The man and woman whose postcard image was inscribed ‘the Delroys’ were both of African descent but nothing had been traced on them when that card was used on page 184 which documented African American performer Robert Cropp. Since then a search in the pages of the London entertainment weekly the Era has uncovered some details — the act toured widely in Britain, usually in small theatres in towns, seldom the grand multi-seated theatres of cities.
The first brief report (Era, 16 April 1910, p 11) had the Delroys at the Avenue Theatre in Sunderland, billed as ‘American comedians’ and heading the bill. The Era of 10 December 1910 advised that these ‘clever singers and patterers’ were at the Panopticon in Glasgow. This was a grand entertainment centre erected in the 1850s. The Delroys like other entertainers had to travel considerable distances between jobs for the Era reported on 15 March 1913 (page 6) that this ‘miniature negro musical comedy speciality’ act was at the Electric Picturedrome in Bangor (north Wales) and on 3 May 1913 (page 9) these ‘great American artistes’ were at the Theatre Royal and Cinema in Scarborough, way across England on the North Sea coast.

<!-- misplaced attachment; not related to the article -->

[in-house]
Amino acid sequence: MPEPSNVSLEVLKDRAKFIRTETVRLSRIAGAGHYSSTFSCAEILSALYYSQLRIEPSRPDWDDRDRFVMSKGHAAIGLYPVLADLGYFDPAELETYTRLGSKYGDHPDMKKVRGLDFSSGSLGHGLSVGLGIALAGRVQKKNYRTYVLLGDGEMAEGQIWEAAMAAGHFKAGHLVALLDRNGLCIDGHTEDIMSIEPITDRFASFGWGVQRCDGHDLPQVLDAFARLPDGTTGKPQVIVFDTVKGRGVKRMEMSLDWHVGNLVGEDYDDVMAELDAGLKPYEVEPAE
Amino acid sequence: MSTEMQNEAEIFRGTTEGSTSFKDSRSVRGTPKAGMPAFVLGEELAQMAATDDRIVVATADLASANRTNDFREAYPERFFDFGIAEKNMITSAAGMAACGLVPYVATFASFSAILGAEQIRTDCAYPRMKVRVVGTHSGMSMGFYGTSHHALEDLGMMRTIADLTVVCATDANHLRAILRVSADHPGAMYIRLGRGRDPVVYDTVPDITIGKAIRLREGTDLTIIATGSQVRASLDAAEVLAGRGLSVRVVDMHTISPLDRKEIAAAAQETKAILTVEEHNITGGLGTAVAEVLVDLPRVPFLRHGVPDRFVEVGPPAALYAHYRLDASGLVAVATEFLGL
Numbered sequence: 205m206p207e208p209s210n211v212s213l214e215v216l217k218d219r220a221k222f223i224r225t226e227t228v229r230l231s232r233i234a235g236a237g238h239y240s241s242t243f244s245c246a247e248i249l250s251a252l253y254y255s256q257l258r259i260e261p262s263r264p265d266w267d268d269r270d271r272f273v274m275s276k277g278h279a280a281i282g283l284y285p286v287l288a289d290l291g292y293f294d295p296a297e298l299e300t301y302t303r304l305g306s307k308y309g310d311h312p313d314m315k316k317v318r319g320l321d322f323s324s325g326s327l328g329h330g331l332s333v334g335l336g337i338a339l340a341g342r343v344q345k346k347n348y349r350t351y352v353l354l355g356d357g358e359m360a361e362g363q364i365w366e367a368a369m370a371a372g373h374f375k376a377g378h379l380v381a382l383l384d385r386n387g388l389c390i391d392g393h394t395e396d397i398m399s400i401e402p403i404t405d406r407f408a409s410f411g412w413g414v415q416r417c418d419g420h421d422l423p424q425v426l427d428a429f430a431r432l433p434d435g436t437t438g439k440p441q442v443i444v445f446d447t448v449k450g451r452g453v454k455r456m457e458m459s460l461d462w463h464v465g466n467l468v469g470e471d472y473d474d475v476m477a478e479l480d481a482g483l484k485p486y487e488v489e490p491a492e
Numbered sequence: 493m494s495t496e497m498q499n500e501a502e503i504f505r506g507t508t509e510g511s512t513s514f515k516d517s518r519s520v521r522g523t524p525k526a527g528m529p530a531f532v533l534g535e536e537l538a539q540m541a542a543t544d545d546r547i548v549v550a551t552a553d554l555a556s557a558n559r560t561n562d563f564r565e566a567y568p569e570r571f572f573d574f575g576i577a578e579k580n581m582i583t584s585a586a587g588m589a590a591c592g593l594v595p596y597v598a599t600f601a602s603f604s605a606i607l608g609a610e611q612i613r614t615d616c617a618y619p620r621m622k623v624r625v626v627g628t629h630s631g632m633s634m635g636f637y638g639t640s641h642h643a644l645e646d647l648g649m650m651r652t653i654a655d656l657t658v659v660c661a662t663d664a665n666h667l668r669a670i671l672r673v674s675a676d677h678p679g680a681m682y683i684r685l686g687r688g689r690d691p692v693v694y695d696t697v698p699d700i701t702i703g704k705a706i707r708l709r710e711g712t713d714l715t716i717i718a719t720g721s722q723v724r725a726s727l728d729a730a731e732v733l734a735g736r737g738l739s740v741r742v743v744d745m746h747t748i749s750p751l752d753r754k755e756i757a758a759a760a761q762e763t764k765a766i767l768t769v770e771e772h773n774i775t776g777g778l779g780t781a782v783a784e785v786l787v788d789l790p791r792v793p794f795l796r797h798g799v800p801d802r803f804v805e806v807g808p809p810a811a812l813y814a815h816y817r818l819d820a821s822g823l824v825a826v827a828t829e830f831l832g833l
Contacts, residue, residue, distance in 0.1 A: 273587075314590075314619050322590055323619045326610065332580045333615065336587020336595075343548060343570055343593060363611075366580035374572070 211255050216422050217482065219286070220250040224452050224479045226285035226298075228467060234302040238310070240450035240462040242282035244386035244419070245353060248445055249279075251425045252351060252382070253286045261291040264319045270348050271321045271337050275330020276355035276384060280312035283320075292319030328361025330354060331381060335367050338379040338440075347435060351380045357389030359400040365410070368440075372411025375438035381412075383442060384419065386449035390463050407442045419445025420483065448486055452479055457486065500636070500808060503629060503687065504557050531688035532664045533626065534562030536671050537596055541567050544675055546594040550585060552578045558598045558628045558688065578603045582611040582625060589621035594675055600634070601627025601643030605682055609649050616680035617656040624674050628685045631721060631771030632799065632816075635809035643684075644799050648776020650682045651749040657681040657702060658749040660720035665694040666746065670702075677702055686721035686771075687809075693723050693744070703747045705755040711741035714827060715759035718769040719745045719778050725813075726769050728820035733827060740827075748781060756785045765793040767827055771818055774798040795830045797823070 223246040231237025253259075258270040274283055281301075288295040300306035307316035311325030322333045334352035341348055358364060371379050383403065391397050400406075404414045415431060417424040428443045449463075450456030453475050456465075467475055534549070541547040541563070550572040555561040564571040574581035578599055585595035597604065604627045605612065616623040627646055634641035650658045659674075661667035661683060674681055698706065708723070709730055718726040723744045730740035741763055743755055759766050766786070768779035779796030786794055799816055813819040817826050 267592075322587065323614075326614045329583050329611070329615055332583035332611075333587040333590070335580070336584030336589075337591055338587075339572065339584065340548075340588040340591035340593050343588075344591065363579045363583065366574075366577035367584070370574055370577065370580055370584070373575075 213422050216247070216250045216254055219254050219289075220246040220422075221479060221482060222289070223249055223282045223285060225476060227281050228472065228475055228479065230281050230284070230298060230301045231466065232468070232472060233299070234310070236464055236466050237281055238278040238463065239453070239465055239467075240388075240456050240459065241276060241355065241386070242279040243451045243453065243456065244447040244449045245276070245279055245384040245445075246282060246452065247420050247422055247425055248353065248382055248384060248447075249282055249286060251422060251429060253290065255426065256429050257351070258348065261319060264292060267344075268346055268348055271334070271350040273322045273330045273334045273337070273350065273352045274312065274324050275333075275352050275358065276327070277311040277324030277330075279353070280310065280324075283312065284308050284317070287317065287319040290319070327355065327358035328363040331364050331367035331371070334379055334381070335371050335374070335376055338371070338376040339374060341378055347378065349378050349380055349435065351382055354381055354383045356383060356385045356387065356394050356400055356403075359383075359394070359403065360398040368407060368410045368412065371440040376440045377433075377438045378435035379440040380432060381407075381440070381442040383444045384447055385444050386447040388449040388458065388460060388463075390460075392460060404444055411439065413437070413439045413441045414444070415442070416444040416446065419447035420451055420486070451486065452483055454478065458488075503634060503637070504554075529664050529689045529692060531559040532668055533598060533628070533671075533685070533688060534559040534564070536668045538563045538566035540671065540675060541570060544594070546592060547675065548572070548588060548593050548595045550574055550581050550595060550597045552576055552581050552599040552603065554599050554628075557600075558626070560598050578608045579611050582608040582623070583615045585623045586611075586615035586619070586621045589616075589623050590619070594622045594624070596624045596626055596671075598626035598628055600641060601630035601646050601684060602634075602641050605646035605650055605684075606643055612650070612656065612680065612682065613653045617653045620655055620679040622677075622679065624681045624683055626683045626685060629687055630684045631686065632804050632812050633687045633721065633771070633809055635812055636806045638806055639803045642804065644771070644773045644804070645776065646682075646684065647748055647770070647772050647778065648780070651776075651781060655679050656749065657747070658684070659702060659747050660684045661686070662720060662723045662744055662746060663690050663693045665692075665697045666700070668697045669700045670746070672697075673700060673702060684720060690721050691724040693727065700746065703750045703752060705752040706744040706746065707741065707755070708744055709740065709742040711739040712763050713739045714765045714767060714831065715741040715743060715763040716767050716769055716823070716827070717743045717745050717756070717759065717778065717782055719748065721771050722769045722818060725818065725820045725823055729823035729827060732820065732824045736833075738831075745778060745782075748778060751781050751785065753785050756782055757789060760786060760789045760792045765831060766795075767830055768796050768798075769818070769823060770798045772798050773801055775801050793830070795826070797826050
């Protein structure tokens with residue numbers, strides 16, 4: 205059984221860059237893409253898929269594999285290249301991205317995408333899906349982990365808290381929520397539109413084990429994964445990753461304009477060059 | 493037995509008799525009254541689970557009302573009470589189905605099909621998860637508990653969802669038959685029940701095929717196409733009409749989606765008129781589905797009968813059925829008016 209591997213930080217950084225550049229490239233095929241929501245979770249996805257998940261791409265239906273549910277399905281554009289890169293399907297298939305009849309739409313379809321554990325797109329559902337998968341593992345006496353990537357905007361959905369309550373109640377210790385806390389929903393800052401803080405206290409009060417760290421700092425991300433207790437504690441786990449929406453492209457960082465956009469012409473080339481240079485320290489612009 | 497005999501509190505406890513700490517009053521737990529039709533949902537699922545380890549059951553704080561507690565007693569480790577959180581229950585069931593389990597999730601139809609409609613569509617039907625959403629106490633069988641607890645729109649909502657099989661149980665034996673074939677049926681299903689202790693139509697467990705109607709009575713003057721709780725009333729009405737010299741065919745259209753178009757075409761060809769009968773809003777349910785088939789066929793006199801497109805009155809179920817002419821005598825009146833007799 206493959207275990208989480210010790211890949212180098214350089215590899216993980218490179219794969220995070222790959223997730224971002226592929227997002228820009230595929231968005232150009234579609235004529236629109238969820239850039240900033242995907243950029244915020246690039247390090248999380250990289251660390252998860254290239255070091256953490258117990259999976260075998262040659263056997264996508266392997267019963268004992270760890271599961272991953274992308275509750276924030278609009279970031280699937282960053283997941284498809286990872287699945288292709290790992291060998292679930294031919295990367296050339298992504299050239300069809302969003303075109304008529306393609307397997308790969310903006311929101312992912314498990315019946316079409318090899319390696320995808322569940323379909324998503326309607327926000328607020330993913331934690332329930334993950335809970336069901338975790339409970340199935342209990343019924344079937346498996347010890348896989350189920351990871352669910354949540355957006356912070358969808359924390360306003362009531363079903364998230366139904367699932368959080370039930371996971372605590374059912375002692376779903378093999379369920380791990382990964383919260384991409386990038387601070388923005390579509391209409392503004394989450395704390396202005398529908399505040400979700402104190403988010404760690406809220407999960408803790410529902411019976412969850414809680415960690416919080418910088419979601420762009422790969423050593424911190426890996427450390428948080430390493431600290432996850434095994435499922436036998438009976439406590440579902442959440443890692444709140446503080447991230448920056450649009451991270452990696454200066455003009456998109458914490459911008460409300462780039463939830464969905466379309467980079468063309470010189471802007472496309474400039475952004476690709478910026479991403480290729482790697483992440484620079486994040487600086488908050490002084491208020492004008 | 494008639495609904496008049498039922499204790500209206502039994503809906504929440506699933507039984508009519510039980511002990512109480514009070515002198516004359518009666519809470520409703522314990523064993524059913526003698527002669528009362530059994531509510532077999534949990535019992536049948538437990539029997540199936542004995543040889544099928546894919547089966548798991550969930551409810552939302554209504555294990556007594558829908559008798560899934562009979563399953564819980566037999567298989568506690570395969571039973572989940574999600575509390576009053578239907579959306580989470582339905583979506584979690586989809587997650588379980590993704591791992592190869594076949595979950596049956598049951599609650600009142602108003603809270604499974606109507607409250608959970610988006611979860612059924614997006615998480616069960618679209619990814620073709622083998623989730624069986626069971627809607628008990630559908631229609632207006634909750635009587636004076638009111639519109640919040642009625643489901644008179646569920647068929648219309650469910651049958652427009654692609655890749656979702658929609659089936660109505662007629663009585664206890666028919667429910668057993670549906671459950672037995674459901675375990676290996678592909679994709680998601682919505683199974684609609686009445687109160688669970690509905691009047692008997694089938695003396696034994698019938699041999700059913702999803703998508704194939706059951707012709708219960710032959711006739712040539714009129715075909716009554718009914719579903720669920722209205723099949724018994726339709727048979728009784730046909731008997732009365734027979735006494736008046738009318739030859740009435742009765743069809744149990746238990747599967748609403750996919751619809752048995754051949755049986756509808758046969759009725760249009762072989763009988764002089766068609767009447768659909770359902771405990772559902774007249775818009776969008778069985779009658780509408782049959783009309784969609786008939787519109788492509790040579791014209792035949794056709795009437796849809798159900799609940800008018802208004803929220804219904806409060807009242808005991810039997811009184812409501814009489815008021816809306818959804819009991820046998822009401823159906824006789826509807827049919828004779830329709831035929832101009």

They were in South Wales at the Palace theatre in Treharris (Era, 2 July 1913, page 16) and then the well-regarded Canterbury Music Hall in London saw their ‘negro musical comedy’ (Era, 16 July 1913, page 10) and a couple of weeks later they were at the south west’s Royal Jubilee Hall in Weymouth (Era, 6 August 1913, page 7). The small Palace theatre in Frome, Somerset saw the Delroys in April 1914 (Era, 15 April 1914, page 9).
The Era of 29 November 1916 (page 22) noted that the Delroys were ‘British subjects’, a response to the nationalism encourage by the Great War. Perhaps they had always been British subjects, or perhaps they had taken up British nationality, but we might have to assume their name was a stage or theatrical name and the two women (apparently sisters, born in 1881 and in 1882) who were described as ‘theatrical’ in the 1911 census provide no clues. The name is somewhat rare and appears to have a base in South Shields.